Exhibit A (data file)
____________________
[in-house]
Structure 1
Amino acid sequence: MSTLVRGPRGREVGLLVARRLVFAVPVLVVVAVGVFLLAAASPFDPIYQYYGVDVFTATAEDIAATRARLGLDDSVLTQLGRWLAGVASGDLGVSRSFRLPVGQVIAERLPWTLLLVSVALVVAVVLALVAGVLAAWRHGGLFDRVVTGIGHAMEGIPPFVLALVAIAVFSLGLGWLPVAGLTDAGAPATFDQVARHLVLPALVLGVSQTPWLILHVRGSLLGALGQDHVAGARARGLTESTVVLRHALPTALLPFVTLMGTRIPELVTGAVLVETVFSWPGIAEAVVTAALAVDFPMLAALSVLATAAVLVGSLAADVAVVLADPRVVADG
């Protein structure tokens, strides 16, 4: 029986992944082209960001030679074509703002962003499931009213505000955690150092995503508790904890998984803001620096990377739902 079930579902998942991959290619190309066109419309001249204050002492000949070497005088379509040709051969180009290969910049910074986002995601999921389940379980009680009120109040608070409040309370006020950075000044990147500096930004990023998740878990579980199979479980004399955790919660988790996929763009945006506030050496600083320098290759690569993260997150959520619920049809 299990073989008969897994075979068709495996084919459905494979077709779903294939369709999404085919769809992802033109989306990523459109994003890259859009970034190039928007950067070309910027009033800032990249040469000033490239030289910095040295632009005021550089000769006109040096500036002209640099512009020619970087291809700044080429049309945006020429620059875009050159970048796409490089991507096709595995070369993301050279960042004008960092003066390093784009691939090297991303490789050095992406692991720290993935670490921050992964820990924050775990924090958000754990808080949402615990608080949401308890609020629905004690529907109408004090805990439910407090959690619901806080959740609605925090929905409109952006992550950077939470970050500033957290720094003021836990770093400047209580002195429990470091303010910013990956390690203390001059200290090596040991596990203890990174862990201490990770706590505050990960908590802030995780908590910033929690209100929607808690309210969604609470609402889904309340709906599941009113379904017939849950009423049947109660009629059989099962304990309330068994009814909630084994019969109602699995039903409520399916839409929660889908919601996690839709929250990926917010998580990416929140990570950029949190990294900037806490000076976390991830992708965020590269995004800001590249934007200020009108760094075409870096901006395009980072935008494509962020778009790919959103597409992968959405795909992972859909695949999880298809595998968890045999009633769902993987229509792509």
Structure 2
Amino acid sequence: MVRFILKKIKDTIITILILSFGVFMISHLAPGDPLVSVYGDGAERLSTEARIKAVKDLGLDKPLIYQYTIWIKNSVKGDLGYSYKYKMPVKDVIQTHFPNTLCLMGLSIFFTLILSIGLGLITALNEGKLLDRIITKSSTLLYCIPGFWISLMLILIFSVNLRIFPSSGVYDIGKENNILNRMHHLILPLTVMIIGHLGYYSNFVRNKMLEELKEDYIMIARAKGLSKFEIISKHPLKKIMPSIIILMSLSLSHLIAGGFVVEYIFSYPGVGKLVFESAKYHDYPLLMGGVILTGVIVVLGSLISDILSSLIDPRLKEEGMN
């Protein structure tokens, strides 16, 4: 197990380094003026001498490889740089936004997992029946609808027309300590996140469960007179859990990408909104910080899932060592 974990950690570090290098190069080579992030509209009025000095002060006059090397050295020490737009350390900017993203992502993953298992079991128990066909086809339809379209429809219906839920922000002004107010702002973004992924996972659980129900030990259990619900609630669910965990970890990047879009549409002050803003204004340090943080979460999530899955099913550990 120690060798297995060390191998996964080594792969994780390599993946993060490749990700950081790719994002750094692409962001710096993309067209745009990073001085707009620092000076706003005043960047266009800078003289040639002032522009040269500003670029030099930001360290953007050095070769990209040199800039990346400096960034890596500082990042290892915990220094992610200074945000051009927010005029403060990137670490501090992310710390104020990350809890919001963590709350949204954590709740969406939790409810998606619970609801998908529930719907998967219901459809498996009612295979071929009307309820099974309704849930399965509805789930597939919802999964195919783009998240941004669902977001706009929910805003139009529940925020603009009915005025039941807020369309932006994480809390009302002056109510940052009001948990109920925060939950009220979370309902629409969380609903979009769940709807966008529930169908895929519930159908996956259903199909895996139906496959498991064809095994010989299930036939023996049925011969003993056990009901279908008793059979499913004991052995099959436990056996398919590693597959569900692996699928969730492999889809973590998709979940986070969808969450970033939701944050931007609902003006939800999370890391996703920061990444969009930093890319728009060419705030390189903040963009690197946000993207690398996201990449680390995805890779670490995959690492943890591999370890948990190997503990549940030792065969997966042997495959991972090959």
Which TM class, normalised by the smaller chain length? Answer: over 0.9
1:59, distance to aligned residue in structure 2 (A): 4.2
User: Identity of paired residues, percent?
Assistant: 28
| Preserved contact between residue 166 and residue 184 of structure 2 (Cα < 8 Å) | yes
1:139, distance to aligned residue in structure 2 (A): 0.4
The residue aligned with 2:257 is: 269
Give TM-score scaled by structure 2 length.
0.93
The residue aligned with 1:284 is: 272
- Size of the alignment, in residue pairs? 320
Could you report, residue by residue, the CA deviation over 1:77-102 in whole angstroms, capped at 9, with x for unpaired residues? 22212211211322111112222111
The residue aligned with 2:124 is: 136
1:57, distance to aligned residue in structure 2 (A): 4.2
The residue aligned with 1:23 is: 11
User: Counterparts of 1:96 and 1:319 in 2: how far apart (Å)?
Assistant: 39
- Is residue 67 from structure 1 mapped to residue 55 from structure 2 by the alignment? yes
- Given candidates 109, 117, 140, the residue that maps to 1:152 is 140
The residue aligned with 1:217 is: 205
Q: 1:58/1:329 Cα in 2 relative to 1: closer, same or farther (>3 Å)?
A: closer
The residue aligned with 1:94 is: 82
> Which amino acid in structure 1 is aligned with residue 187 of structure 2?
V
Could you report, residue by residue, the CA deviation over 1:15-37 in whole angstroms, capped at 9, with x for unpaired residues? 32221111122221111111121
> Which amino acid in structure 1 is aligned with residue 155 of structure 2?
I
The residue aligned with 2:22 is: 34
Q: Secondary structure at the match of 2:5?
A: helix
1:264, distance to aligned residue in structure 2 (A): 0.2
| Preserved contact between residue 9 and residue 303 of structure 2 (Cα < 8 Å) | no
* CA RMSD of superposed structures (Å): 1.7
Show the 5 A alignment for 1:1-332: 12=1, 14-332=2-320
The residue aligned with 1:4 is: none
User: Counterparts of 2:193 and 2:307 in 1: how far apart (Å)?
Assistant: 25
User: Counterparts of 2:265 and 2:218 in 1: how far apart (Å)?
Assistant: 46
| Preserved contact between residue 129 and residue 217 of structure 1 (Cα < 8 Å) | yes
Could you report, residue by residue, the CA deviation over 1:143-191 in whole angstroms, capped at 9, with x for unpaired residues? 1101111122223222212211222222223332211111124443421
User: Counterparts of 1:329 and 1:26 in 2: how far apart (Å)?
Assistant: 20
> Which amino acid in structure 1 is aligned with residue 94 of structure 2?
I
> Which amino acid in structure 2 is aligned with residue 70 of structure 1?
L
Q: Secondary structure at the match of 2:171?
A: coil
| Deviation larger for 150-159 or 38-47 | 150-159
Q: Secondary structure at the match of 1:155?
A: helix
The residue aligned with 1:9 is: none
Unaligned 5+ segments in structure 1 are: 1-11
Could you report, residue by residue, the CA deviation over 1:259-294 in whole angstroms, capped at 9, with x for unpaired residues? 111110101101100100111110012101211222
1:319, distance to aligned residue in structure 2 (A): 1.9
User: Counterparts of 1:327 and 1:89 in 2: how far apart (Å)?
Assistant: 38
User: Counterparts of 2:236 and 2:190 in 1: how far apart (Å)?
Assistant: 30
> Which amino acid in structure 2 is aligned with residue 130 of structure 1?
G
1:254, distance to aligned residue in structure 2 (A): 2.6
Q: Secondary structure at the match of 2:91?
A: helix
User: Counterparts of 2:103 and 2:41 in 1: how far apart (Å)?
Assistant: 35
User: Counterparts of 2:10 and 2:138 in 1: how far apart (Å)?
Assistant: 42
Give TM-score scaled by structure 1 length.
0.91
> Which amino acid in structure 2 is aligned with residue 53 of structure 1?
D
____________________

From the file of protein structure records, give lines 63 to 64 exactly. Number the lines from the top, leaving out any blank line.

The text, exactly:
Could you report, residue by residue, the CA deviation over 1:259-294 in whole angstroms, capped at 9, with x for unpaired residues? 111110101101100100111110012101211222
1:319, distance to aligned residue in structure 2 (A): 1.9